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Hereís your chance to own LucindaĒ a 1965 Buick Riviera that has been transformed into a one-of-a-kind crown pleasing custom over the course of twelve years by its current owner in conjunction some of the most talented folks in the custom car hobby. Over the course of Lucindaís build, every receipt has been kept and will be supplied to the purchaser. The transformation started 12 years ago in California with the purchase of a very clean low-mileage, two-owner 1965 Buick Riviera. The car was silver when I purchased it and had been recently repainted by its second owner. It was completely original otherwise. The interior was the original black vinyl and it had obviously been appreciated by its two prior owners. As it was in perfectly good running condition, I performed basic upkeep and was able to apply cosmetic changes immediately. The car had no body damage and the only rust on the entire car was a little bubbling along the lower rear window, a common trouble spot for early-sixties Rivieras. It was subsequently repaired when I had the car repainted in its current Charcoal Gray Metallic. The goal from the very beginning was to lower the car tastefully, do some custom work to it and to enjoy driving it around Southern California. Somewhere along the way, one thing led to another and twelve years later, I find myself with a fully custom car that seems to draw a crowd and cause gawking everywhere it goes. One of my very first stops was Flipís Tire and Wheel Center on Sepulveda Blvd. in San Fernando Valley for a front end rebuild using parts from Classic Buick and a new set of wheels and tires. Wanting to land somewhere between vintage hot rod and classic low rider, I chose period style American Torq Thrust IIís. Having worked with Flipís before, I asked them to try a couple of different tire sizes until we landed with the rears it still has today. Maximum rear rubber with no rubbing. In front we ran a narrower wheel for that big and little look. I went with BFG TA Radials all around. It was a big improvement in my opinion. The next thing I did was call Eaton in Detroit and order a set of 1.5Ē front lowering coils. That put the nose nice and low and gave the car a slight rake. Liking the slightly hot rodded look, it started to bug me that the Riviera had stock idiot lights, not gauges. I started think about where a set of period correct oil, temp and amp gauges might look nice. Eyeballing the stock am/fm radio, I made the decision to ditch the stock radio for gauges. Fabricating the panel, I installed the gauges and Iíve always thought the placement couldnít be any better. The next question. Now what about the stereo? Wanting to keep the interior relatively uncluttered, I decided to be real stealthy about the stereoís placement. By running a Sony Head Unit, I was able to install the unit under the driver seat and run it off of a joy stick controller. Six speakers are stashed within the interior, including a center channel bass. The speakers run off a big ass amp that is mounted on the shelf that exists between the back seat and the trunk. Also on that shelf are a 6-CD changer, as well as the dual air tanks and the compressor for the Air Ride System. Again, to keep things clean and stealthy, a hinged drop panel in the trunk hides all the equipment. Speaking of the trunk, I recovered it in industrial gray carpeting after completely cleaning it. I also replaced all of the worn wood panels in the interior with a black plastic material that I had custom made using the old pieces as templates. The Riviera received routine maintenance for the next couple of years while I focused on other hot rod projects and I carried specialty car insurance and kept it in a garage when I wasnít driving it. Then one day, I received a job offer in Austin, Texas and moved my family and fleet of Vehicles Ė a 1965 corvette stingray coupe, the Riviera, and my wife and my daily drivers to the live music capital of the world. It was while here in Texas that I started to become further pulled into the custom car scene, having met Jimmie Vaughn, who left an autographed Riviera Owners Club Newsletter on my windshield along with a hand written note, ďJoin the club ands share the pride.Ē Having been a big fan of Jimmieís Gary Howard-built 64 Riviera, I not only joined the Riviera Ownerís Club, I sought out the other gear heads in Austin to find local connections. I had occasion to meet Steve Wertheimer, owner of the Continental Club and another gear head who Iíd read about in the magazines. I asked him if he might know where I might be able to get my Riviera bagged, which was not as common as it is today. He referred me to Gary Howard, and before you know it, I was out in Weir, Texas, having Gary slam my Riviera even deeper into the weeds. One day, the transmission started acting up so I had the transmission rebuilt by Mark @ Eagle transmissions using corvette servos and all the best goodies. They added a shift kit but per my request set it up to shift smoothly, which it has without fail since the day I picked it up. With Austinís summers being what they are, I had a Vintage Air system installed as well as a custom made four-row radiator. A year or so later, I decided it was time to re-chrome the bumpers and fix a couple of scratches so I popped for a paint job by Austinite Horace Joseph who Iíd met in my travels. While we were at it, we repaired the minor rust issue at the lower edge of the passenger window once and for all. I chose a darker gray Charcoal and along with the freshly chromed bumpers front and rear, it really made the carís lines look nice. As I tooled my car around Austin, it wasnít too long before I started seeing cool interiors all over town that had been stitched up by a guy named Fat Luckyís. I waited until the fateful day when my Rivieraís original interior sprung its first rip and went to see Fat Lucky who it turns out isnít fat at all. His real name is Sean Johnstun and it turns out Fat Lucky was his dog that died and people just kept calling him that and it stuck. Anyhow, Sean and I sat down and started thinking about what to do for the interior and I mentioned an idea I had to put girlie art panels in to replace the tasty, subtle black panels Iíd had custom made some years earlier. He looked at me kinda funny and said something like, ďWell I kinda like my interiors a little more subtle, but if thatís what you want, I can do it.Ē With that, we mapped out a plan. I would get with my designer friend to make the door and center console panels and Sean would stitch the seats using a combination of Charcoal Gray Zodiac glitter vinyl, black vinyl and orange piping to match the pin-up art, which was done in warm oranges, blacks, whites and tans. I asked Sean if he might be able to make miniature magazine cover buttons and he said heíd see what he could do. Before I knew it, we had a whole new interior in the car featuring a shaggy angel-hair headliner and package tray as well as custom tuck and roll seats with miniature magazine covers. To compliment the interiorís new motif, I hired Frank Palmer to do freehand pin-striping on the carís hood, trunk, fenders and doors. As you can see in the pictures, it is a mixture of flames, scallops and dutching, done freehand over the course of an entire day. With the car now looking better than it ever had, I started to eyeball the engine compartment, and decided to give the old girl a rebuild before she needed it, so that I could get in their and totally detail the engine compartment and clean up the wiring. While the engine was being rebuilt to stock 401 specs, I totally cleaned up and repainted the compartment and re-routed all the wires as cleanly as possible. Before putting the engine back in, it was treated to a fresh orange paint job to match the cars interior colors. And that, folks, bring us to where we are today. A clean custom driver with a freshly rebuilt 401, jet-hot coated exhaust manifolds dumping into a fully replaced exhaust system featuring Flow master mufflers. I have receipts galore. All are real and Iíve never attempted to add them all up. I darkly suspect the selling price would not exceed the total as Iíve spared no expense to upgrade and/or rebuild any component at the first sign of trouble. Hell, I even rebuilt the engine simply because I wanted to detail the engine compartment and the oil pressure was running a little low. Now you may be wondering why anyone in their right mind would sell a perfectly Bitchin 65 Riviera with so much work done to it. Well, first off, itís not as if Iím giving it away. Secondly, Iíve done everything Iíd ever dreamed of doing to a 65 Rivie to this car and enjoyed the hell out of the process. And thirdly, Iím ready to start this process all over again with a Ford Model a Roadster or coupe. And I canít do that until I sell this. Feel free to direct any and all questions and Iíll answer them. If youíd like to fly in to inspect the car, I welcome you to do so. Please ask questions before bidding. I want this car to go to a good home. I have kept a book with all receipts, inspirations, rough sketches, etc and will include that book with the sale. I am happy to help arrange shipping. Thanks for taking the time to let me tell you about this very special car.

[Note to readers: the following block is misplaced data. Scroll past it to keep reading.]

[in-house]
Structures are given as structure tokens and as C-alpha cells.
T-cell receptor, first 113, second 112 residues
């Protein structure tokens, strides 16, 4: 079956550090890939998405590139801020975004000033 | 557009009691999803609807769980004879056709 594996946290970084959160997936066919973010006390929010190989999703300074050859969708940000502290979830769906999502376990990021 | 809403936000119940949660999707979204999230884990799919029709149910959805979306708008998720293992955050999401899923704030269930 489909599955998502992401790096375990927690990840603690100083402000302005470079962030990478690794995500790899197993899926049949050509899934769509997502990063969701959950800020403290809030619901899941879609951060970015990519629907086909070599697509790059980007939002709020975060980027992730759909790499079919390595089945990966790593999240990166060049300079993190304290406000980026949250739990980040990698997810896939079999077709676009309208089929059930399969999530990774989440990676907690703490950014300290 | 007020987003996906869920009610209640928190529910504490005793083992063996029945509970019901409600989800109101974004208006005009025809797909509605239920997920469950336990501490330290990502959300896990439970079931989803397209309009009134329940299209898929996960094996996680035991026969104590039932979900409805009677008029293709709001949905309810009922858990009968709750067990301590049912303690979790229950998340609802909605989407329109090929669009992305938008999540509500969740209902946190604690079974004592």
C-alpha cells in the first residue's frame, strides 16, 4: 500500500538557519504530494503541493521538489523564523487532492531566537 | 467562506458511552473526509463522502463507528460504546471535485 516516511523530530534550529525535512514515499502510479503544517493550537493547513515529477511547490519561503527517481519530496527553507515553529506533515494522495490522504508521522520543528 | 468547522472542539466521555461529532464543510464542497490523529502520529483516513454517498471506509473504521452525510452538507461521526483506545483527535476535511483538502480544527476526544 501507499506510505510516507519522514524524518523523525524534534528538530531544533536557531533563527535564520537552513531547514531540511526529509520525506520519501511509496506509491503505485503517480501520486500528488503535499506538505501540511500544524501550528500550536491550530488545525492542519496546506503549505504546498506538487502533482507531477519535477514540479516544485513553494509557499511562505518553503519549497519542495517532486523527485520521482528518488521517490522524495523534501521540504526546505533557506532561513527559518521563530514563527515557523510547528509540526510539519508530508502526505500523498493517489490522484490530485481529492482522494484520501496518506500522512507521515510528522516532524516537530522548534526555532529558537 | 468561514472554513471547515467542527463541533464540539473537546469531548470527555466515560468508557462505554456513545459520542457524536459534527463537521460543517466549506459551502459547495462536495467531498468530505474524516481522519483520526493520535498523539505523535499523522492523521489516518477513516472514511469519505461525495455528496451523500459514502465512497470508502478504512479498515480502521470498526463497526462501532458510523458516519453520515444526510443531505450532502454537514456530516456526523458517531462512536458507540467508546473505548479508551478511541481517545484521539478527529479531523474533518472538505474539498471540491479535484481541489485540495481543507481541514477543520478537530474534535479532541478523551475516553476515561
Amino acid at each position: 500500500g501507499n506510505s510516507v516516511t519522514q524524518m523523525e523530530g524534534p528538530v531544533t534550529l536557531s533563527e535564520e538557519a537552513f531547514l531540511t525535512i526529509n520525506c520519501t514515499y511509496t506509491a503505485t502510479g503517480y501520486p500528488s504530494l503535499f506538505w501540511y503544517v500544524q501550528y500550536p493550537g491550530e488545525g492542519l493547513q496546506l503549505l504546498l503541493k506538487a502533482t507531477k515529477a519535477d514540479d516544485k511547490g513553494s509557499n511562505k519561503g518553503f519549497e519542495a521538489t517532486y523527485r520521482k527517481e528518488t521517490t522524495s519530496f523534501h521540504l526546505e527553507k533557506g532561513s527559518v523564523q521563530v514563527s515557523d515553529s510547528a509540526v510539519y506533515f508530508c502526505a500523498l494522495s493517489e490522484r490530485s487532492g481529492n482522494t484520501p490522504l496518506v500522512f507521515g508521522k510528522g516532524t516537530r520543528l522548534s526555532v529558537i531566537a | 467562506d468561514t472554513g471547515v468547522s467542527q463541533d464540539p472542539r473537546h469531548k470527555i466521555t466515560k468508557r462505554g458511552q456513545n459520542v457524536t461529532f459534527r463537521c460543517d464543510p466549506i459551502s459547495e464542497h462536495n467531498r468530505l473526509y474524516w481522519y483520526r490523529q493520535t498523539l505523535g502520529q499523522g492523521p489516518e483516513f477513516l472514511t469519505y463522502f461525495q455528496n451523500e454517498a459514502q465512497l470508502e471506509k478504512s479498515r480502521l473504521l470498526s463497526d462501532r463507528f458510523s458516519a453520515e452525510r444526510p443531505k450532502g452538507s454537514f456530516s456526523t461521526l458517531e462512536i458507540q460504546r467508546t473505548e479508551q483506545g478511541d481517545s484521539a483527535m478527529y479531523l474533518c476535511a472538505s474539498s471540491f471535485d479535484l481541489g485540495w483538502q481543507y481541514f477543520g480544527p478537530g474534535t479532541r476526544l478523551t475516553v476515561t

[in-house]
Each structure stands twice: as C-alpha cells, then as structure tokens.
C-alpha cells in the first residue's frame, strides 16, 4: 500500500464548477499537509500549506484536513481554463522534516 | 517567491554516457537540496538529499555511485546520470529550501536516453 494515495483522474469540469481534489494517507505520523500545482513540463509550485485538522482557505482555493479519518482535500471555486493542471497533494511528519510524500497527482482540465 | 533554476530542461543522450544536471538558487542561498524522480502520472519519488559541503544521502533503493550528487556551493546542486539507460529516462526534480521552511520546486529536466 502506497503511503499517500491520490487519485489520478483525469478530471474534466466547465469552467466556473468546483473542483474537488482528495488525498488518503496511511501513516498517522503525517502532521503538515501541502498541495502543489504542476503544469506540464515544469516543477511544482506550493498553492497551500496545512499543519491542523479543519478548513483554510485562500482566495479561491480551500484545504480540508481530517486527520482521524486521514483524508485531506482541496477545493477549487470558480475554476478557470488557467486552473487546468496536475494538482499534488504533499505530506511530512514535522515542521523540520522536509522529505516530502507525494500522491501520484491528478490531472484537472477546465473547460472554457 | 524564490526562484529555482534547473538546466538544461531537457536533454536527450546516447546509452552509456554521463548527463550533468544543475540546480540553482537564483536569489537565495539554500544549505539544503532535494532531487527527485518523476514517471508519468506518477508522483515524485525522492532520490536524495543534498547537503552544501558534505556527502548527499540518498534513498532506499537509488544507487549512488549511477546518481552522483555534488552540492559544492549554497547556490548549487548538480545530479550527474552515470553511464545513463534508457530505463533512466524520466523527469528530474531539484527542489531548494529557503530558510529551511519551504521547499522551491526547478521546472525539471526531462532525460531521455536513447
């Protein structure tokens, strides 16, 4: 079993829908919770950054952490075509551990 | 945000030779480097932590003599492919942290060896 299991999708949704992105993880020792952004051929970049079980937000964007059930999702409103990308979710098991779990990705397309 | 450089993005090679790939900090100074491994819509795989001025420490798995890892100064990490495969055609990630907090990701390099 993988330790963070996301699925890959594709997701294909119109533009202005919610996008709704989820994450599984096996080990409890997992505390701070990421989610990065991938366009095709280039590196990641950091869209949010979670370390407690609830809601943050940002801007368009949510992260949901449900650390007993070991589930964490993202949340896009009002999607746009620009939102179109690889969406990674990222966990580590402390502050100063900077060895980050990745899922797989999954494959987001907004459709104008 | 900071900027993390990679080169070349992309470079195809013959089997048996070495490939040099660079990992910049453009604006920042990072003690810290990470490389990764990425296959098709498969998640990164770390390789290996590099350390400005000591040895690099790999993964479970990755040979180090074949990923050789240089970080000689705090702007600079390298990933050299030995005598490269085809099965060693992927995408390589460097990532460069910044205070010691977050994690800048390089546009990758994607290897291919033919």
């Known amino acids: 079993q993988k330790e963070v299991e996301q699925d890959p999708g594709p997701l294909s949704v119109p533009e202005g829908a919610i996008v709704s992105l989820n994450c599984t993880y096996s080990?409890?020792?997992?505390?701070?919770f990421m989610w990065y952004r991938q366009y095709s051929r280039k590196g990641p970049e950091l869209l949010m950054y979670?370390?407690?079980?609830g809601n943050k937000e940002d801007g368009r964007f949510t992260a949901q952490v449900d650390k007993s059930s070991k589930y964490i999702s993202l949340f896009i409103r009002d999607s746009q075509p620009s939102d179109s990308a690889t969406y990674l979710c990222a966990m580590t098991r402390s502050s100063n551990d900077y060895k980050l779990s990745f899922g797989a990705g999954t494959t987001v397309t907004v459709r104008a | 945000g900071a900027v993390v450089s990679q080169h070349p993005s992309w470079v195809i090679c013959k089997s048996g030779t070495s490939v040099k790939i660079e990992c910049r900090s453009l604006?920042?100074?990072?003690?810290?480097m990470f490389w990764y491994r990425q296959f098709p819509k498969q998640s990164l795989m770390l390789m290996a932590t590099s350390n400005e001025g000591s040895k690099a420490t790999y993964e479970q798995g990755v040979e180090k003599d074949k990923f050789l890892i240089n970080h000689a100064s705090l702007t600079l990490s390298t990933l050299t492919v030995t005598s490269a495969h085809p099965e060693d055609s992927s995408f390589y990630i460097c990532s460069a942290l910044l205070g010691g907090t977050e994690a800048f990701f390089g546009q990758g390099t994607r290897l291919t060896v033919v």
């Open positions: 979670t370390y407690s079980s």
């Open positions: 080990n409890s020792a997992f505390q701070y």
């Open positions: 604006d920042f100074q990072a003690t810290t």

Cameron Day